Aristocracy on the Nile
Major General The Hon Edward Montagu-Stuart-Wortley (1857-1934)
In a few sentences it is difficult to do justice to the spectacular career and character of this flamboyant officer who served in no less seven wars and campaigns.
“Wortles”, as he was sometimes known, was one of the first British officers to join the Egyptian Army in 1882 having taken part in the suppression of Urabi’s rebellion earlier that year.
Seldom failing to be where the action was, he managed to get himself attached to the Gordon Relief Expedition and was one of the four British officers who, with a small contingent of the Royal Sussex and some Sudanese troops, attempted to relieve Khartoum and rescue General Gordon in the steamers Bordein and Talahawiya arriving only a few hours too late. On the return journey the Talahawiya was sunk and the Bordein grounded so Stuart-Wortley set out with a few men in a rowing boat travelling at night to get help from the main body of the expedition forty miles downstream.
In 1897, despite ill-health, he volunteered to return to the Egyptian Army to take command of the Friendlies or anti-Mahdist irregulars attached to it. Made up of contingents from various tribes “whose respective interests were somewhat conflicting”, warned Wingate, Wortles managed to control this unruly horde with a mixture of tact and firmness (he had to shoot one man who insisted on killing prisoners against orders) aided by only one other British officer and two Egyptian liaison officers from Wingate’s Intelligence Department.
Devoid of class prejudice, as Military Attache in Paris at the time of Hector MacDonald’s suicide, he tried to defend his dead friend and comrade’s good name from the speculations of the Press and to uphold his posthumous reputation.
In the First World War he commanded a division but fell out of favour with his superiors and was regarded as “hesitant” when he failed to commit his men to what appeared to him to be certain death.
There was combined in him all that was best in the late Victorian and Edwardian upper-class and few of its short-comings.
Colonel Lord Edward Cecil (1867-1918)
A son of the Prime Minister, the Marquess of Salisbury, Lord Edward’s appointment as junior ADC to Kitchener in 1896 was made for political reasons, at least as far as Kitchener was concerned. His campaign to reconquer the Sudan which opened in the March of that year was not popular in all quarters and he wanted a direct conduit to the Prime Minister. For his part, “Ned”, a subaltern in the Grenadier Guards, was eager for operational experience. At this stage of their careers there was no mutual affection between the two men and in his diary the ADC has little good to say about his chief.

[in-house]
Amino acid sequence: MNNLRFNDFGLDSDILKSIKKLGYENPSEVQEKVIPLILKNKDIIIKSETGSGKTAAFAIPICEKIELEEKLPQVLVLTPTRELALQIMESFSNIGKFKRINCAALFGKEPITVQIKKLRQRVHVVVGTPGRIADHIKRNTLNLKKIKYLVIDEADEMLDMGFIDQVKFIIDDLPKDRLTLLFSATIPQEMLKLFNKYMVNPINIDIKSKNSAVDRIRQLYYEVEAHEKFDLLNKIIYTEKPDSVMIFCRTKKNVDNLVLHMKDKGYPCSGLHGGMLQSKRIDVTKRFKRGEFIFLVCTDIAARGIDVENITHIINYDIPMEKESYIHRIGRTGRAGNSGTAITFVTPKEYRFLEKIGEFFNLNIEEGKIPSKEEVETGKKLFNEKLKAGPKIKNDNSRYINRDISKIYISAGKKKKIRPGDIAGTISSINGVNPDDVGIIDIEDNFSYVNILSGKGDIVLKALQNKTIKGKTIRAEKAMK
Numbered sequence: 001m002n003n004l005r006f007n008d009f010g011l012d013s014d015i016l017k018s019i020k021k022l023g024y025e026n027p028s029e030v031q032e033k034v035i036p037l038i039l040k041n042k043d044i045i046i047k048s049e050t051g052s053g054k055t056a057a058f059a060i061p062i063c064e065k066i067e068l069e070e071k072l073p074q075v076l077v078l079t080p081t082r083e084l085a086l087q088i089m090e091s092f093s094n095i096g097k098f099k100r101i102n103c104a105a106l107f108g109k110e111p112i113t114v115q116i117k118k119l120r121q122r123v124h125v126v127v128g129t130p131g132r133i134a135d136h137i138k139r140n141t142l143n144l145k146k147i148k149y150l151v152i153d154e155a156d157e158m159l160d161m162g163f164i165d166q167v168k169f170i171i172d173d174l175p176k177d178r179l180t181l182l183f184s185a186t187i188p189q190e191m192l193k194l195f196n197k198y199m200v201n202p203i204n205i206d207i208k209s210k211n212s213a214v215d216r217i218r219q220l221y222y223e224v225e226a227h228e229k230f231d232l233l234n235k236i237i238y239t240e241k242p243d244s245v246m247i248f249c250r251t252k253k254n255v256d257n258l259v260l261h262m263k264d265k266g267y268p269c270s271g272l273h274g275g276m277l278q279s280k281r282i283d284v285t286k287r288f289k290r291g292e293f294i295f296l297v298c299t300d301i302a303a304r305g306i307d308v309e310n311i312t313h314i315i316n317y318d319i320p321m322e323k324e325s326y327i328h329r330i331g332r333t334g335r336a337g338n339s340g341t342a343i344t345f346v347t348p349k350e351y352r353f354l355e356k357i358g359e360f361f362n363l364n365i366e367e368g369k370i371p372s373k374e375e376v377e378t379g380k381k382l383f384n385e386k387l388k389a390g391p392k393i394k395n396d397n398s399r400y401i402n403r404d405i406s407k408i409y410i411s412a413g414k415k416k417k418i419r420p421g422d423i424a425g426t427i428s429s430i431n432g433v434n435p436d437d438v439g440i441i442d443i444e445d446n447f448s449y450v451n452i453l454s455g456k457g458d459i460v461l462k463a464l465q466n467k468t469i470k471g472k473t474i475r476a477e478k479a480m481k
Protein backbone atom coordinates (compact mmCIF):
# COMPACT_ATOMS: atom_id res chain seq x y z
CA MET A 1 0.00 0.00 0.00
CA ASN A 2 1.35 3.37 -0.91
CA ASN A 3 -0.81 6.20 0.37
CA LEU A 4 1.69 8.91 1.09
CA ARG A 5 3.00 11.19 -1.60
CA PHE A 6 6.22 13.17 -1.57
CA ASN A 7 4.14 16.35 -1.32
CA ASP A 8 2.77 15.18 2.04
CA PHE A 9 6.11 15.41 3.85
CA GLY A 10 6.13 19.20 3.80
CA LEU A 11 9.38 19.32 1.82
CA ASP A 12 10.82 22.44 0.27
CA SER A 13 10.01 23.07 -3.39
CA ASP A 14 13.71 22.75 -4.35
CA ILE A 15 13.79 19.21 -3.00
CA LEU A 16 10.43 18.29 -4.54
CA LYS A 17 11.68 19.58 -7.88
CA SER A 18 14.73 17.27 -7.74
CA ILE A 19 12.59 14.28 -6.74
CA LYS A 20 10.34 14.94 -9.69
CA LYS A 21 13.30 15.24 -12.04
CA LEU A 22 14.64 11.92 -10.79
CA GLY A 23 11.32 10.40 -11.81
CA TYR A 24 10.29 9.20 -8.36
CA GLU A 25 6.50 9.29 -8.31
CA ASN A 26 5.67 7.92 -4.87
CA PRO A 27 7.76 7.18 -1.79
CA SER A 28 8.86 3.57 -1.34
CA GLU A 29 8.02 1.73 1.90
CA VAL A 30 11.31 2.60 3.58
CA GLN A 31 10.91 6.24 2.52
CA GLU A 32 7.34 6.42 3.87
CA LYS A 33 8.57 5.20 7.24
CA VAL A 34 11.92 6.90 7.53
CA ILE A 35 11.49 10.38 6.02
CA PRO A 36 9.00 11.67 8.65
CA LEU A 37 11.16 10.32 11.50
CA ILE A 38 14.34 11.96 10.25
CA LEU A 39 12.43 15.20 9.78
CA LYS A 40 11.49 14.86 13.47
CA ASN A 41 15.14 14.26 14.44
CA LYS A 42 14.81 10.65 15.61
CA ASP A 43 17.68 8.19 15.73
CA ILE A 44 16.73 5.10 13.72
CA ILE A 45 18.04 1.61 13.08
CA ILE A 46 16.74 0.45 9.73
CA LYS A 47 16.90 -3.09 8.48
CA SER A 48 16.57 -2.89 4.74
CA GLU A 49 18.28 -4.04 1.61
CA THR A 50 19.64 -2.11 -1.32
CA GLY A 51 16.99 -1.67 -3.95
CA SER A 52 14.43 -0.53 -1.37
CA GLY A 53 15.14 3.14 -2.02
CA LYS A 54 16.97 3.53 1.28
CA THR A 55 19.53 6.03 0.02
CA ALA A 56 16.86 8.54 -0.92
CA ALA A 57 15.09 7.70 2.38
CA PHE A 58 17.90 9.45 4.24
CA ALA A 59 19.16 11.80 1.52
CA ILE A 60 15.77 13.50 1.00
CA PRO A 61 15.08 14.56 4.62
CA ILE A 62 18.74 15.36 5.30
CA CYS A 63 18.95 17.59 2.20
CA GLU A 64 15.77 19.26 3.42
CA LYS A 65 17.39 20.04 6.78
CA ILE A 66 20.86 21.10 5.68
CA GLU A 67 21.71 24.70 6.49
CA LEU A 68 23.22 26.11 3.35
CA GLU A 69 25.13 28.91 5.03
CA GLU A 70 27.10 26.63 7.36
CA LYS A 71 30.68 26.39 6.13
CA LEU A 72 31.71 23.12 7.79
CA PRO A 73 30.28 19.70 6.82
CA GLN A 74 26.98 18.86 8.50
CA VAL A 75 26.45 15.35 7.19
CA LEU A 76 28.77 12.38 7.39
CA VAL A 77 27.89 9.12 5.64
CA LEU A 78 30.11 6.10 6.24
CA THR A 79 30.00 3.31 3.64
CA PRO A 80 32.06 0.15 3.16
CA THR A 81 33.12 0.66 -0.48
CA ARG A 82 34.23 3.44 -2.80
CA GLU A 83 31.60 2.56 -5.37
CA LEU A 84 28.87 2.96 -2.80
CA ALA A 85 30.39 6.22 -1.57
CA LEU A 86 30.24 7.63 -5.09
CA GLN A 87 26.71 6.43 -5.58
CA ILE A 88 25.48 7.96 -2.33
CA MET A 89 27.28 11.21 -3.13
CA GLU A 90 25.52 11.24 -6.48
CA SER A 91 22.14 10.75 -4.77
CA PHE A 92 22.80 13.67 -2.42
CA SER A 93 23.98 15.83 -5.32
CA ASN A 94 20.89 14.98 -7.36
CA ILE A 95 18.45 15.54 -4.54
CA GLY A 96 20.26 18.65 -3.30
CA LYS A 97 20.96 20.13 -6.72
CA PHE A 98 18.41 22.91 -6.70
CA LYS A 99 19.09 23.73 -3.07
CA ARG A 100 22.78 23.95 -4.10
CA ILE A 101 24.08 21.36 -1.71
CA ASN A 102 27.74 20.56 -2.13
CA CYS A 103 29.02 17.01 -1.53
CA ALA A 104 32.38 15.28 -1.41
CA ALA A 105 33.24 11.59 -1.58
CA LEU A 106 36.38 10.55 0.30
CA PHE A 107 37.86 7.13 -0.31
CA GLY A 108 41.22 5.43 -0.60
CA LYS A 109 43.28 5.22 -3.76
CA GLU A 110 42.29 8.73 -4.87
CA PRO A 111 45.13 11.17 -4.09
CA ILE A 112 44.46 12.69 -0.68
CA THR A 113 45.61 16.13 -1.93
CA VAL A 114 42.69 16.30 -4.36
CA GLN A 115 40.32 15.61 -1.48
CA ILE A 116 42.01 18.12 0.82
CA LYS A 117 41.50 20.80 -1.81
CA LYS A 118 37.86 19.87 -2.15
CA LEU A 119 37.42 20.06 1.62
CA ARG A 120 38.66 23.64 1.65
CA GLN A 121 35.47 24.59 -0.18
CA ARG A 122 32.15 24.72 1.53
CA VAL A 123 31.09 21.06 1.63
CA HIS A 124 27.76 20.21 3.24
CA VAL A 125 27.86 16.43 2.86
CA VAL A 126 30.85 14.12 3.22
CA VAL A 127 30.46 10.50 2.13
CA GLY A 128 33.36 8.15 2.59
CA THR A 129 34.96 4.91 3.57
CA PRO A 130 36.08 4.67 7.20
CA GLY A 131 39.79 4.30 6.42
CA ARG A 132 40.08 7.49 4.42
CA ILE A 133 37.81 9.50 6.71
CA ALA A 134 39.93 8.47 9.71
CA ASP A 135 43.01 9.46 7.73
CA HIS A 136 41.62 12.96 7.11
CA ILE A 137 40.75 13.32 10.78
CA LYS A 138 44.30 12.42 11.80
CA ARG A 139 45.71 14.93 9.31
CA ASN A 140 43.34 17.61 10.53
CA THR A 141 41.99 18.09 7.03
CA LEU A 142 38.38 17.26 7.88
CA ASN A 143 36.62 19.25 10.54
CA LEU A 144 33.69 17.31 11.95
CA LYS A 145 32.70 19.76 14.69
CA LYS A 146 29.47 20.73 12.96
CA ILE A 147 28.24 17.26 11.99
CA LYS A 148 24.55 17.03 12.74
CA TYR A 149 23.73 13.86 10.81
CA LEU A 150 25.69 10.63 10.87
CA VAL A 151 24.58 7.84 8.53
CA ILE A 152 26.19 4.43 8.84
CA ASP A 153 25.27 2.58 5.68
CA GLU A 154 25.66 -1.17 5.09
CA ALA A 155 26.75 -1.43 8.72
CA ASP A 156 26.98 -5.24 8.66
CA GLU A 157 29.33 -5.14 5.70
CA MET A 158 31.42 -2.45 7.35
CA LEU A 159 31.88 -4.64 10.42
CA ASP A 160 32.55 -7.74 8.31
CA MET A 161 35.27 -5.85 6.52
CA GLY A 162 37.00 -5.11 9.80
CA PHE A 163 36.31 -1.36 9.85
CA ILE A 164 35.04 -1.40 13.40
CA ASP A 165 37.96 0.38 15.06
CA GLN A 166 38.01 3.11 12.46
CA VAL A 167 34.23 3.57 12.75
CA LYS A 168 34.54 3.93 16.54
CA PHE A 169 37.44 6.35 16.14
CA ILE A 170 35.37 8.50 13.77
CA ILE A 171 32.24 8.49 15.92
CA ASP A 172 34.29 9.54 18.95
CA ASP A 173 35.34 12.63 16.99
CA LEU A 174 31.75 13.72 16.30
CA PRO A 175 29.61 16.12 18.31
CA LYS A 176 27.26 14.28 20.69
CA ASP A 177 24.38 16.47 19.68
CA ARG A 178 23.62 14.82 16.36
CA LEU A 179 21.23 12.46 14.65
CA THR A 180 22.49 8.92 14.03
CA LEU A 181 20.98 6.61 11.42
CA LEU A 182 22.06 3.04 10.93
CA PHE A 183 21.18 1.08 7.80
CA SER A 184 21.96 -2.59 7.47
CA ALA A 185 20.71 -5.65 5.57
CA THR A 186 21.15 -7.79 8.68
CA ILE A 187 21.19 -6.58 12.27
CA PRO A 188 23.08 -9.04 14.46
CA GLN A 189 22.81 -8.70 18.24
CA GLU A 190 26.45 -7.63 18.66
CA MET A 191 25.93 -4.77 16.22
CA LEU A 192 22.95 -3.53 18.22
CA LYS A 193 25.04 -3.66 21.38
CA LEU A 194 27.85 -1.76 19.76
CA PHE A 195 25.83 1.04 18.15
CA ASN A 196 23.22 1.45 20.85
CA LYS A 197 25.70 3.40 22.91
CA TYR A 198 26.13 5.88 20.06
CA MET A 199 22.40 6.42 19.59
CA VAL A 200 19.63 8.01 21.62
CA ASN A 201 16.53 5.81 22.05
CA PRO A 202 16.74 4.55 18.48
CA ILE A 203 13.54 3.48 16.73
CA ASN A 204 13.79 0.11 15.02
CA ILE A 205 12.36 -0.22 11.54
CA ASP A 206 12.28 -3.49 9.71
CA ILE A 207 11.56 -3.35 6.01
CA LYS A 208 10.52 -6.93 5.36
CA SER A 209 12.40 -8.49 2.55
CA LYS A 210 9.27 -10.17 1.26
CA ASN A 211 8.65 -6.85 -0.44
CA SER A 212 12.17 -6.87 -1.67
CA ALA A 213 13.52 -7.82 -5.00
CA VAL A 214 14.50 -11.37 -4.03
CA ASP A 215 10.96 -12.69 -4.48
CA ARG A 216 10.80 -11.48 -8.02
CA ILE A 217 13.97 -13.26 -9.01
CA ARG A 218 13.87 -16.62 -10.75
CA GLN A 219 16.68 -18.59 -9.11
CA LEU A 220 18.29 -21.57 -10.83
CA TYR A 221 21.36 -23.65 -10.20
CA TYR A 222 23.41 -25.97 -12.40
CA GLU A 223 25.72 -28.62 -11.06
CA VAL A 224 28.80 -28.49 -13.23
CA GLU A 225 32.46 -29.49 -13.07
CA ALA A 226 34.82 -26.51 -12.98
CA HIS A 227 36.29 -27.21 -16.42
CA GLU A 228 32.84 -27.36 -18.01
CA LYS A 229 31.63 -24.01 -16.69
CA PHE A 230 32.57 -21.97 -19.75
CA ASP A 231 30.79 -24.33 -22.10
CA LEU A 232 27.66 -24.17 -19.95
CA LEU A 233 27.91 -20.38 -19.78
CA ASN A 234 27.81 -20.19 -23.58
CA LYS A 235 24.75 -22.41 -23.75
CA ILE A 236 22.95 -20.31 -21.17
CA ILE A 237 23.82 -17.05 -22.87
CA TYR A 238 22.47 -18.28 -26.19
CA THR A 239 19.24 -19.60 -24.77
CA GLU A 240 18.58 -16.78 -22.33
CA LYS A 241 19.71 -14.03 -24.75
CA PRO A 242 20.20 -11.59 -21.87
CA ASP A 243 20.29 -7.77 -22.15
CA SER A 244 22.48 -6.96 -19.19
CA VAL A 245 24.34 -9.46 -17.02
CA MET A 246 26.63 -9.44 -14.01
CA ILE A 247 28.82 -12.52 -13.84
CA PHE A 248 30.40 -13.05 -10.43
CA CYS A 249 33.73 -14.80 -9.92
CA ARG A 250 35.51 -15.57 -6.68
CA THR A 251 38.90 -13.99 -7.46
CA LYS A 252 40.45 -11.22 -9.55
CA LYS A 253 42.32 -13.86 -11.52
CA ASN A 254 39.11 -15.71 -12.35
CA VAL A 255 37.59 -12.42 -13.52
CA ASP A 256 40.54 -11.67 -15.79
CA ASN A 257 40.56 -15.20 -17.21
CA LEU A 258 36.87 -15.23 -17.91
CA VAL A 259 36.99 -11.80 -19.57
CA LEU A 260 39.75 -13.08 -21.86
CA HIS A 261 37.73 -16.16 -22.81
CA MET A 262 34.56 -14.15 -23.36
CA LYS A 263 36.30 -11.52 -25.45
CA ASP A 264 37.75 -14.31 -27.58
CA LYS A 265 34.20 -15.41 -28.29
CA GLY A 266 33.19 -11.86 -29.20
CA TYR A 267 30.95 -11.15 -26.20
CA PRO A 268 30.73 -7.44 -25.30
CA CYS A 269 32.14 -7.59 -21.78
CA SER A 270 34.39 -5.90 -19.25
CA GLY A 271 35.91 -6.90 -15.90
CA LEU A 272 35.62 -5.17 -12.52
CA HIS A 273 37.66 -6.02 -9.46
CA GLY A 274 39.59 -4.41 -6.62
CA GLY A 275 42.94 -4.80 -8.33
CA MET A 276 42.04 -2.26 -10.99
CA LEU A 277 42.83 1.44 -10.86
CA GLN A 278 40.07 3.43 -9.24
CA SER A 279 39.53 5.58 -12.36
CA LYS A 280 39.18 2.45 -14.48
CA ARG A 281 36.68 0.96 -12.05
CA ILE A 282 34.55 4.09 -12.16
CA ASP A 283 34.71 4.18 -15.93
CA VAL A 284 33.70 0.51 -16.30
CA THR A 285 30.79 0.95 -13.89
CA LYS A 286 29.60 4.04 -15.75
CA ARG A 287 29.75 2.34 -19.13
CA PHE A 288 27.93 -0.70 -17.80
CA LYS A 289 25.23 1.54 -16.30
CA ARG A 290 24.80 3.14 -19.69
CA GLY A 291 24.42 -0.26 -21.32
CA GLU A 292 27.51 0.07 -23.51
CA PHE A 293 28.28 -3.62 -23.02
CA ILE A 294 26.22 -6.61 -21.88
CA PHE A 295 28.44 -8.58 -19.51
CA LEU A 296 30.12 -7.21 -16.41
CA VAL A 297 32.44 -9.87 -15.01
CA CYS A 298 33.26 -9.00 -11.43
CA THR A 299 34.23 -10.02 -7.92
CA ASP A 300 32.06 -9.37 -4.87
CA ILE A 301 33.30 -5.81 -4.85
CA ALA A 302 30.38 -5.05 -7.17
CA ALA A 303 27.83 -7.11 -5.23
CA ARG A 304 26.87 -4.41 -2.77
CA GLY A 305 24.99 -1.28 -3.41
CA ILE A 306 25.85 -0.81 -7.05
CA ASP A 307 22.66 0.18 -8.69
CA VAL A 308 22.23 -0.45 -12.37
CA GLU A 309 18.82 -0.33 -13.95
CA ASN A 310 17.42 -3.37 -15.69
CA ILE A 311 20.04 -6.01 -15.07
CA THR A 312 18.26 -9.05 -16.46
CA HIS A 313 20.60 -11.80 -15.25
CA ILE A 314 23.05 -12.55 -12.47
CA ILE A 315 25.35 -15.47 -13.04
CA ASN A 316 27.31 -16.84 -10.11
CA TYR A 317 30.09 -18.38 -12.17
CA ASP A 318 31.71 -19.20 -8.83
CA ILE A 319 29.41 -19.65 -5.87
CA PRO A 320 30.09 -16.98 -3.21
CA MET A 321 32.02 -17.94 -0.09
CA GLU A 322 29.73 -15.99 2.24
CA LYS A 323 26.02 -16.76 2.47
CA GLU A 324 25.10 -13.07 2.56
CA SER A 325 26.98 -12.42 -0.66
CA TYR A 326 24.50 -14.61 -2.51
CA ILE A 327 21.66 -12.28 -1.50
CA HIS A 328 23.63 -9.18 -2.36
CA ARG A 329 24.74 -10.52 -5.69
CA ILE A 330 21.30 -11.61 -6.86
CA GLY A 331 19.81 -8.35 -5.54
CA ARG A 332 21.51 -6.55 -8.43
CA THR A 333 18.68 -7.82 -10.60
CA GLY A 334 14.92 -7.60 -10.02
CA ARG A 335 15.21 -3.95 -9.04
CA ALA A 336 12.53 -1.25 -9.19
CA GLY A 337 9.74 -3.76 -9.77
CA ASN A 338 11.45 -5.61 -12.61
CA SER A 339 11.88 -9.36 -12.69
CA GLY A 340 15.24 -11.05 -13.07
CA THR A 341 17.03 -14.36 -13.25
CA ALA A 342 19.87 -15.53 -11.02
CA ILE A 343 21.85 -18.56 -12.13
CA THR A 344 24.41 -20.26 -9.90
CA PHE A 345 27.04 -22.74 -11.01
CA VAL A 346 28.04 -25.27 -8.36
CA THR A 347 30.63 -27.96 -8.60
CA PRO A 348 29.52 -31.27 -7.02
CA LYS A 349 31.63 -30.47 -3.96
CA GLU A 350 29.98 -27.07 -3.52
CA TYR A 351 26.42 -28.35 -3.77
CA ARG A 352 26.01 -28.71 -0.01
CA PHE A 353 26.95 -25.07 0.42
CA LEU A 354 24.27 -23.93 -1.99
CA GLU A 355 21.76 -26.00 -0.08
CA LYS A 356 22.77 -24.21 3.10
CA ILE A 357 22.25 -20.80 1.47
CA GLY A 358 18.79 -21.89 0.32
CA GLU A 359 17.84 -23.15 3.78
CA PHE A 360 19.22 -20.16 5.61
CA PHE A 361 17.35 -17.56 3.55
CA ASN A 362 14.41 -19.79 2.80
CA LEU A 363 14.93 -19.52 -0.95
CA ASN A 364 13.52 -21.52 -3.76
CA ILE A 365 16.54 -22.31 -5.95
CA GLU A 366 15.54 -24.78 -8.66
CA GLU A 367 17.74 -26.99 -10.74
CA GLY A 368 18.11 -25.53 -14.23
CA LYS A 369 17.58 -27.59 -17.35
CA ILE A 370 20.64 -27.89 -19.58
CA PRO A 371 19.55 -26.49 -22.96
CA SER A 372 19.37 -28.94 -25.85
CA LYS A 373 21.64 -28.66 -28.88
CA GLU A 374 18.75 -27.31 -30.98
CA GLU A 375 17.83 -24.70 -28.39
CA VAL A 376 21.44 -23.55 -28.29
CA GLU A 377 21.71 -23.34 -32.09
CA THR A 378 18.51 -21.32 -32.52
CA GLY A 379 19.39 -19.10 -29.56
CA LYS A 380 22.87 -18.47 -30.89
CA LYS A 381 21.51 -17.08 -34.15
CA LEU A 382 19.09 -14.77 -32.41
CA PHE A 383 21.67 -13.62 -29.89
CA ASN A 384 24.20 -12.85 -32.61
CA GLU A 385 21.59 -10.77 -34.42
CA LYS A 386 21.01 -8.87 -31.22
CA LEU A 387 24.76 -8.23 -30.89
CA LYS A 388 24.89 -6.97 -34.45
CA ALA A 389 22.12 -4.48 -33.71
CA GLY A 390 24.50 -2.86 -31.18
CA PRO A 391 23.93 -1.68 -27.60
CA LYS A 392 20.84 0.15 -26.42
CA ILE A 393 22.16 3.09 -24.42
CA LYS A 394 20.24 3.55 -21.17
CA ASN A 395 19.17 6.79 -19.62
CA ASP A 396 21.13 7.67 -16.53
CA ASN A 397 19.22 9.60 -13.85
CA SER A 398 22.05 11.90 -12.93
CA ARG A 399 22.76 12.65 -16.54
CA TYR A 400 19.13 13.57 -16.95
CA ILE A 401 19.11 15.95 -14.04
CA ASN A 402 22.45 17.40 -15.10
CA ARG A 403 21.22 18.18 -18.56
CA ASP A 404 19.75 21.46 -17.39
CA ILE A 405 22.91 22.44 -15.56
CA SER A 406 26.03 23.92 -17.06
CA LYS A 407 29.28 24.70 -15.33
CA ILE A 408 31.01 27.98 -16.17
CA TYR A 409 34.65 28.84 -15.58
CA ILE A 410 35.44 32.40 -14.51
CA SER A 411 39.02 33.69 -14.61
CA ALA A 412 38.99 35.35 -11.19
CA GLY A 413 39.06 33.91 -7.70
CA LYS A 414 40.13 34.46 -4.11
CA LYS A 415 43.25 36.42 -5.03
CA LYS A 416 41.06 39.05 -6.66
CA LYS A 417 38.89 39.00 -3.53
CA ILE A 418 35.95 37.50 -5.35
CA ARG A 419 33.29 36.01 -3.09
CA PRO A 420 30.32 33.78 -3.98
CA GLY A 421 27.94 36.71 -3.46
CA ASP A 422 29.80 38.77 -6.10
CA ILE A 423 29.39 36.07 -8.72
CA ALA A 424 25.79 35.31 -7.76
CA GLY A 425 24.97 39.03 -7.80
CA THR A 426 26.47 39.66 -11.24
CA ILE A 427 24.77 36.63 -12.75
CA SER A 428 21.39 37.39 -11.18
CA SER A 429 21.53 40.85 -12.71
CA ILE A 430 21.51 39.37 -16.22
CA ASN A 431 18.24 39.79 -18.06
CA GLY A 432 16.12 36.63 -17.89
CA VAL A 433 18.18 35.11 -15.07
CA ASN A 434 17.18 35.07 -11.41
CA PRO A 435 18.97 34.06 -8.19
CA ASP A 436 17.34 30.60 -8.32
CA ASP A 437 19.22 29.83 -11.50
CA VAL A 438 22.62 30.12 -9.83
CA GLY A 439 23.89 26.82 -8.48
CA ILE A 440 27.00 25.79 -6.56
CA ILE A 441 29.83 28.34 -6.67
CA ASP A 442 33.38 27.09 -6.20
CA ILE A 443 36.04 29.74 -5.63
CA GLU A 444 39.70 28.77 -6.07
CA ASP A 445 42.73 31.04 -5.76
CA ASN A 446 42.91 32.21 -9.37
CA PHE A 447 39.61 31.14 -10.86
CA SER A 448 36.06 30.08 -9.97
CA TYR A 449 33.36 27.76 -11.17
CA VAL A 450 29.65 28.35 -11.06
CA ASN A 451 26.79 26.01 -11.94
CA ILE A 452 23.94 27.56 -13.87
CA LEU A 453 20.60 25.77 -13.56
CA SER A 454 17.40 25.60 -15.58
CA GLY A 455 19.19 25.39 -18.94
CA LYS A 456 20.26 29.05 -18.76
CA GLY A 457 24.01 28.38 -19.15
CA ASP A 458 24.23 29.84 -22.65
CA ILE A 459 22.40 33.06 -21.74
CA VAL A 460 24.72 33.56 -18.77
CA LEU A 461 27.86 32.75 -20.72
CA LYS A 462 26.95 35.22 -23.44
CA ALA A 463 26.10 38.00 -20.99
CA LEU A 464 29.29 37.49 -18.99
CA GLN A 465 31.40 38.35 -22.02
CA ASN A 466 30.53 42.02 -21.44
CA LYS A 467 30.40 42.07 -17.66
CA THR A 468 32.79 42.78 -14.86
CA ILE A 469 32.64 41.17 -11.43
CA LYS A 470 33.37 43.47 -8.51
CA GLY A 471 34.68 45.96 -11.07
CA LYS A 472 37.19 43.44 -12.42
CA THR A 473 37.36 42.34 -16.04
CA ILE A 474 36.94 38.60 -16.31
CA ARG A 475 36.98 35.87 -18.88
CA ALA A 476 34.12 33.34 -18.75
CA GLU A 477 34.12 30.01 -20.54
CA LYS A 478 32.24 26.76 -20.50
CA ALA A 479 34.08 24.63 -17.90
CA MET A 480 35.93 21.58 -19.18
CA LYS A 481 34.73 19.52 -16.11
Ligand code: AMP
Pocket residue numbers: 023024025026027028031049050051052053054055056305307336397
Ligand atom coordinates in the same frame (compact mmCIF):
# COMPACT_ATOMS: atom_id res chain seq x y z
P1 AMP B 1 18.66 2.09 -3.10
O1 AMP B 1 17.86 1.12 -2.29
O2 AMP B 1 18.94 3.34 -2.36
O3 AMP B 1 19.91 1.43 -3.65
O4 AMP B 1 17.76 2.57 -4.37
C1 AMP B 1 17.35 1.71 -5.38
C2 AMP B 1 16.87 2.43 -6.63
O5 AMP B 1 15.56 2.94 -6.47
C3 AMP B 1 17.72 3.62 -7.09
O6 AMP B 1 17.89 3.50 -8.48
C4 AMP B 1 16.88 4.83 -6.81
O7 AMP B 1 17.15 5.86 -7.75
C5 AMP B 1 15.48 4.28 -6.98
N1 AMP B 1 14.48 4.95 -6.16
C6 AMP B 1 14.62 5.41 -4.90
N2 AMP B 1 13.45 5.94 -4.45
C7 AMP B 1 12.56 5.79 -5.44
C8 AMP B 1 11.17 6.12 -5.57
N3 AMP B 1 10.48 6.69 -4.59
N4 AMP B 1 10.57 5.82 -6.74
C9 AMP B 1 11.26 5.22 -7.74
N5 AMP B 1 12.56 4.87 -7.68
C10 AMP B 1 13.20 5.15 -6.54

Many years later, however, when in 1911 Kitchener was appointed British Agent and Consul-General in Egypt, Cecil was to become his right-hand man, holding one of the top jobs in the Anglo-Egyptian hierarchy as Adviser to the Ministry of Finance, in effect, Chancellor of the Exchequer.
That Cecil was to make his (rather short) career in Egypt is perhaps surprising as he seems not to have liked the country or its people, to both of which Kitchener on the other hand was devoted.
A scion of one of England’s greatest families, he looked down upon the rest of the world from a great height, literally (he was 6ft 5ins tall) and metaphorically and few escaped his acerbic wit.
His last years were marked by sadness, even tragedy. His only son George, a Grenadier like his father, was killed in action in 1914 and Kitchener’s death in 1916 was a severe blow both personally and to his future hopes. His wife Violet seldom joined him in Egypt and had fallen in love with Lord Milner, whom she married after Cecil’s death.
Stricken with TB he died in a Swiss sanatorium of flu during the great pandemic of 1918.
His book, The Leisure of an Egyptian Official, published posthumously is a master piece of satire but caused considerable offence in Egypt.
Major General Lord Edward (formerly Count) Gleichen (1863-1937)
This descendant of minor German royalty twice saw active service on the Nile, on the first occasion with the Guards Camel Regiment in the Gordon Relief Expedition in 1884-5 and again on Kitchener’s staff in the Dongola campaign of 1896.
With the Camel Regiment he was present at the Battle of Abu Klea and was lucky to escape with this life when the British square was broken by Mahdist warriors.
In 1897, with his brother officer of the Grenadiers, Lord Edward Cecil, he accompanied a mission to the Emperor Menelik of Abyssinia led by the diplomat Sir Rennell Rodd.
After the reconquest of the Sudan and service in the Boer War he briefly held the positions of Civil Secretary to the Sudan Government, Director of Intelligence in the Egyptian Army and Sudan Agent in Cairo.
He published a number of very readable books including A Guardsman’s Memories and With the Mission to Menelik.
When German titles became unfashionable during the First World War he adopted the style Lord Edward in place of Count.
On retirement from the army after the war he embarked upon a second career as an artist and art dealer and was a well-known figure in London society.